Summer Travel Smarts for Diabetes

From the WebMD Archives

Vacation should equal rest and relaxation -- or, if you prefer, sightseeing and adventure. Having diabetes means you'll need to take a few precautions, though.

Step one: Talk to your doctor.

"I like to speak to them about what they should pack, how to store their medications, and how to prepare for any emergencies" related to high or low blood sugar, says Deena Adimoolam, MD, an assistant professor at Icahn School of Medicine at Mount Sinai.

She also asks patients about where they're going and the length of their trips, so she can help them prepare.

Make a List and Check It Twice

Start a detailed packing list. Adimoolam recommends you take twice as much medication as you think you'll need, just in case you get stuck and are away longer than expected. Always bring meds in their original pharmacy containers so that everything is clearly labeled. You may also want to take a prescription with you.

If you use insulin, you know that pens and needles or vials and syringes are a must. You may also need a cooling wallet to protect your insulin from heat. Most types don't do well above 86°F, so check with your doctor about your brand.

You'll also need your glucose monitor, lancets, and testing strips as well as snacks and hard candy in case your blood sugar drops too low. All of these supplies must be easy to find at all times -- so if you're flying, keep them in your carry-on bag.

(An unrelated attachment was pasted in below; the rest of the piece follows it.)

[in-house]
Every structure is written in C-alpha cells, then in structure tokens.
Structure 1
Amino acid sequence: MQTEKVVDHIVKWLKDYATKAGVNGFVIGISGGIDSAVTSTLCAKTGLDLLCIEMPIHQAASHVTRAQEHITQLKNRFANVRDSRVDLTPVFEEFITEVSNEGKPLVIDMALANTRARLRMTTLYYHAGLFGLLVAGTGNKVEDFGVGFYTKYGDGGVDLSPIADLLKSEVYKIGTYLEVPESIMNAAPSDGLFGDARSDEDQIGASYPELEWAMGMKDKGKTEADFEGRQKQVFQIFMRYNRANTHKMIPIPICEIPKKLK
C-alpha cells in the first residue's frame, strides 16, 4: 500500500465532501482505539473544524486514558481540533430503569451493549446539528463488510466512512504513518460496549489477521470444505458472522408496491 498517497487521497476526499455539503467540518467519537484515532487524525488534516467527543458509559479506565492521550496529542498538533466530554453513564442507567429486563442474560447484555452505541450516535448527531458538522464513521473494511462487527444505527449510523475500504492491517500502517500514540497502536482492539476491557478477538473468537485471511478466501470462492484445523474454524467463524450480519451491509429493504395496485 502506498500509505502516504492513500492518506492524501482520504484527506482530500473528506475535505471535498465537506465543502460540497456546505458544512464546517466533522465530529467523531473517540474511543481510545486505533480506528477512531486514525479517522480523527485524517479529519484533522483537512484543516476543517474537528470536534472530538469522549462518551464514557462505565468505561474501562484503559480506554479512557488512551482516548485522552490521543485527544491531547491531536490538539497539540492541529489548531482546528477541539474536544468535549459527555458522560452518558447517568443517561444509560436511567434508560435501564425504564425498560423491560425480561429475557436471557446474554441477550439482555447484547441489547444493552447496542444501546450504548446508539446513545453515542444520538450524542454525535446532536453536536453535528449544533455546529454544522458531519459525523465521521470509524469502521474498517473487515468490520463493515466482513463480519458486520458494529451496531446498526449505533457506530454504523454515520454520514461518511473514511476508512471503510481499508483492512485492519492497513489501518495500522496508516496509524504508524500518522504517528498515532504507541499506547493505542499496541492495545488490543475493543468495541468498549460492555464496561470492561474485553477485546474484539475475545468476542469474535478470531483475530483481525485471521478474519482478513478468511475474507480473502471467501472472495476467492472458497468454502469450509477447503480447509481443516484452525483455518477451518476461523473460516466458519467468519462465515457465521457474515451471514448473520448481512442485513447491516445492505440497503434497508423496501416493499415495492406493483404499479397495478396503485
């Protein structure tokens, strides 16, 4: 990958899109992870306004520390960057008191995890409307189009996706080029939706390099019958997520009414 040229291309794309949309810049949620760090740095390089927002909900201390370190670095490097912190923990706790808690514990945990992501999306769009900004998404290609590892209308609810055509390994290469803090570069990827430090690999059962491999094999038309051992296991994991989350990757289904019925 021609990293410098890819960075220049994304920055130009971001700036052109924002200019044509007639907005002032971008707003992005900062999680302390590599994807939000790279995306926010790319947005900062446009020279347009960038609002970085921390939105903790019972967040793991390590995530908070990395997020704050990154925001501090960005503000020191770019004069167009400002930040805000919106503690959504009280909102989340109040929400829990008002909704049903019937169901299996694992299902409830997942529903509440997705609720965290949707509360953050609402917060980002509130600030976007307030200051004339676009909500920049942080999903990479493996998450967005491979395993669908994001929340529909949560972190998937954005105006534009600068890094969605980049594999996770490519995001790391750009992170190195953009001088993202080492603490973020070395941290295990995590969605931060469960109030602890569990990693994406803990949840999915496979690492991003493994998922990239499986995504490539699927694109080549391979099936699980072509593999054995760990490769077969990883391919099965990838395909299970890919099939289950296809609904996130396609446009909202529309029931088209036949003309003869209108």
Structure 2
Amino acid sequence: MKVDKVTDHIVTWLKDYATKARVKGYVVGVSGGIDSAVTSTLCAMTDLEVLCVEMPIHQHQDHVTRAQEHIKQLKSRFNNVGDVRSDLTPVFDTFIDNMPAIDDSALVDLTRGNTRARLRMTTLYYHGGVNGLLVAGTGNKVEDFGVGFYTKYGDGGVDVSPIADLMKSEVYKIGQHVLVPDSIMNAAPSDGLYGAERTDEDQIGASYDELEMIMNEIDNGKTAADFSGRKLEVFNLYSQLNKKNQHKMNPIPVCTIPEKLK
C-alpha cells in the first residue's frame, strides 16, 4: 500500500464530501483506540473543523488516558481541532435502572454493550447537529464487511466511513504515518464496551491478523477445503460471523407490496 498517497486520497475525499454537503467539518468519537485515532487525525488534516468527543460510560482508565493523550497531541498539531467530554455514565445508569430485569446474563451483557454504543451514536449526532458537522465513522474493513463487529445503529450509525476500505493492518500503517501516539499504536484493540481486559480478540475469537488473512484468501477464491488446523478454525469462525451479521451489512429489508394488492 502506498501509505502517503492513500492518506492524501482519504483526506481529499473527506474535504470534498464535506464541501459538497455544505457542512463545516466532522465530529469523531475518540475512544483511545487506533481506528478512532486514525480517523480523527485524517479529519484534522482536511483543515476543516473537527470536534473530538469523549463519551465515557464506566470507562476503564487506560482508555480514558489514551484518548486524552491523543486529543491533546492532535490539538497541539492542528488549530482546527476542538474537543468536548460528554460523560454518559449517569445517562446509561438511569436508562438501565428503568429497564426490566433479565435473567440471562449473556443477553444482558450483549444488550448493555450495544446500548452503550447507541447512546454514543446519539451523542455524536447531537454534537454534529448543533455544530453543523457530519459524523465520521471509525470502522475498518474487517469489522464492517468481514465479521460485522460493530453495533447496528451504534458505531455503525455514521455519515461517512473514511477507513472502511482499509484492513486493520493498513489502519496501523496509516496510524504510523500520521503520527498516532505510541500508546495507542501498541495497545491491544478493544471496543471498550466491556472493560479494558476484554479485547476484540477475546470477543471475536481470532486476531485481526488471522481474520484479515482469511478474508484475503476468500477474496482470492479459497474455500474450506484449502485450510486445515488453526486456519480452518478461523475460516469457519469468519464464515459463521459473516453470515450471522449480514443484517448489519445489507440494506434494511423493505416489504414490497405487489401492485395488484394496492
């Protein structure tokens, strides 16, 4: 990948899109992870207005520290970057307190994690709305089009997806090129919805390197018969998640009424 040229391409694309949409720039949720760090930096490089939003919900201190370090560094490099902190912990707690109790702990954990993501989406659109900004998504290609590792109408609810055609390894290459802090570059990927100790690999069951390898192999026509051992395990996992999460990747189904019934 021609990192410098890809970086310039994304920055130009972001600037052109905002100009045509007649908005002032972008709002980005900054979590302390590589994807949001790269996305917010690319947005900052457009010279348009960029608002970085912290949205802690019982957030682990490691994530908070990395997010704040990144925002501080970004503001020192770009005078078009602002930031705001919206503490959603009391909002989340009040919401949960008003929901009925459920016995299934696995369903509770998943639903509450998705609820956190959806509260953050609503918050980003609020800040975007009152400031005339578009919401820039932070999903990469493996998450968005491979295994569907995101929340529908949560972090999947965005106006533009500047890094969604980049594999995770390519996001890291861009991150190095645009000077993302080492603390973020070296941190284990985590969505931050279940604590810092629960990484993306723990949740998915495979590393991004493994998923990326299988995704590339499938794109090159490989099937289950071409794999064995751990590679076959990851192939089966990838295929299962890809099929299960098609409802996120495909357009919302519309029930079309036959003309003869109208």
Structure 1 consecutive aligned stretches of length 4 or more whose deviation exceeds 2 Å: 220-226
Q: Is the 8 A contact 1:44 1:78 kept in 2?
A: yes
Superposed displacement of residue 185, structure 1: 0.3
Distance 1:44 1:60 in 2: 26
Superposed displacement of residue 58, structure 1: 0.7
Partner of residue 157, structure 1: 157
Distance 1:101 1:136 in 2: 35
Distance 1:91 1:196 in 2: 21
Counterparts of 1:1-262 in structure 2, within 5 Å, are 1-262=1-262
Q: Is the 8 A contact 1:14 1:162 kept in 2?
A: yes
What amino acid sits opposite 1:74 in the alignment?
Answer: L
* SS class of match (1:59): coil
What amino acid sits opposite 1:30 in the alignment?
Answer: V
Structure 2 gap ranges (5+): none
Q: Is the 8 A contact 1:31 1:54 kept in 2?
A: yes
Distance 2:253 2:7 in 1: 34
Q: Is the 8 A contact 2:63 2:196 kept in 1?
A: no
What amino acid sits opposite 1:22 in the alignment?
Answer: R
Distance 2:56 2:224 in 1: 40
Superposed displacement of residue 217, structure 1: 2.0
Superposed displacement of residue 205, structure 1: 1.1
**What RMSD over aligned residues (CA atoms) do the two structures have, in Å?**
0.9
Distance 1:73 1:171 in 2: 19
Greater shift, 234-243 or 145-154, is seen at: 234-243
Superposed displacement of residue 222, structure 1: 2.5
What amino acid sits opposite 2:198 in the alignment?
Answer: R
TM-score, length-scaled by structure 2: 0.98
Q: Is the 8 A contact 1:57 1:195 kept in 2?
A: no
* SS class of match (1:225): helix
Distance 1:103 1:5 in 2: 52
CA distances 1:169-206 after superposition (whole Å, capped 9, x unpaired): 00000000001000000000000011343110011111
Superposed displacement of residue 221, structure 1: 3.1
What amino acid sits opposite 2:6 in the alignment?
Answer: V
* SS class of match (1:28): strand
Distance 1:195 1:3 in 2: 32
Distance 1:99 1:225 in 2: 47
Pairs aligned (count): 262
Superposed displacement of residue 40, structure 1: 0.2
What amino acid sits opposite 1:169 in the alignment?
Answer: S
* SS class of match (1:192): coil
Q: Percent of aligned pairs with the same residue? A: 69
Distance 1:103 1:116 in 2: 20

A pair of quality shoes -- whether you'll be pounding the pavement or taking walks on the beach -- is also a must to protect your feet.

Check Yourself Often

Vacation often means doing lots of physical activity -- like going for a hike or doing fast-paced sightseeing -- and eating foods you normally don't. So you'll need to keep extra tabs on your blood sugar levels.

Changing time zones? That means you'll be eating at different times than you would at home. You may also need to adjust your routine if you're used to taking insulin first thing in the morning or before bed. Go over all of this with your doctor before you leave.


Know How to Get Help

Get some info from your health insurance company about your coverage, especially if you're leaving the country, Adimoolam says.

If you go to a place where a foreign language is spoken, learn a few phrases, such as "I need help" or "Where's the hospital?" Carry the phone number for the American consulate as well, Adimoolam says.

Ask Your Doctor or Diabetes Educator

Am I healthy enough to travel?

How might changes in temperature or air pressure affect my medications?

Should I pack a glucagon emergency kit?

What medications other than those used to treat diabetes should I pack?

Do I need any vaccinations?

Will you give me a letter that says I need to carry certain medications and supplies?

WebMD Magazine - Feature Reviewed by Arefa Cassoobhoy, MD, MPH on March 24, 2016



American Diabetes Association: "When You Travel."

Deena Adimoolam, M.D., assistant professor of medicine, endocrinology, diabetes and bone disease, Icahn School of Medicine at Mount Sinai in New York.

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